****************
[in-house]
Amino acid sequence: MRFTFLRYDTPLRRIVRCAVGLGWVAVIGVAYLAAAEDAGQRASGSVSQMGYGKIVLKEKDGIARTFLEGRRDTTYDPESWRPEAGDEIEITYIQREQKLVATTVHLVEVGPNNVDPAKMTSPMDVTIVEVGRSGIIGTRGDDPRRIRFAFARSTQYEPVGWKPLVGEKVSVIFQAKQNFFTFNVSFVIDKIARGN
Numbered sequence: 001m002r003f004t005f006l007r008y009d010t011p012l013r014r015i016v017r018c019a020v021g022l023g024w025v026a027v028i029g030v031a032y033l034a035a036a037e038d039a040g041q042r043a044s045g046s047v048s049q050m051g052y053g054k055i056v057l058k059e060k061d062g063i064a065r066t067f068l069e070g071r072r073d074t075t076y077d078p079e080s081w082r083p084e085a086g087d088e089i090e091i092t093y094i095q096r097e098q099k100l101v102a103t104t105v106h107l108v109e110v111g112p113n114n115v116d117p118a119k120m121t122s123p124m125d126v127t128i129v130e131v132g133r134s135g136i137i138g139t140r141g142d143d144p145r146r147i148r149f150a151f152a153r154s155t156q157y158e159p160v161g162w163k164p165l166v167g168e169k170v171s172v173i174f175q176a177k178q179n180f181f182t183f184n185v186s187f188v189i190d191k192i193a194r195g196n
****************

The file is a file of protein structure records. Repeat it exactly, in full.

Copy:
[in-house]
Amino acid sequence: MRFTFLRYDTPLRRIVRCAVGLGWVAVIGVAYLAAAEDAGQRASGSVSQMGYGKIVLKEKDGIARTFLEGRRDTTYDPESWRPEAGDEIEITYIQREQKLVATTVHLVEVGPNNVDPAKMTSPMDVTIVEVGRSGIIGTRGDDPRRIRFAFARSTQYEPVGWKPLVGEKVSVIFQAKQNFFTFNVSFVIDKIARGN
Numbered sequence: 001m002r003f004t005f006l007r008y009d010t011p012l013r014r015i016v017r018c019a020v021g022l023g024w025v026a027v028i029g030v031a032y033l034a035a036a037e038d039a040g041q042r043a044s045g046s047v048s049q050m051g052y053g054k055i056v057l058k059e060k061d062g063i064a065r066t067f068l069e070g071r072r073d074t075t076y077d078p079e080s081w082r083p084e085a086g087d088e089i090e091i092t093y094i095q096r097e098q099k100l101v102a103t104t105v106h107l108v109e110v111g112p113n114n115v116d117p118a119k120m121t122s123p124m125d126v127t128i129v130e131v132g133r134s135g136i137i138g139t140r141g142d143d144p145r146r147i148r149f150a151f152a153r154s155t156q157y158e159p160v161g162w163k164p165l166v167g168e169k170v171s172v173i174f175q176a177k178q179n180f181f182t183f184n185v186s187f188v189i190d191k192i193a194r195g196n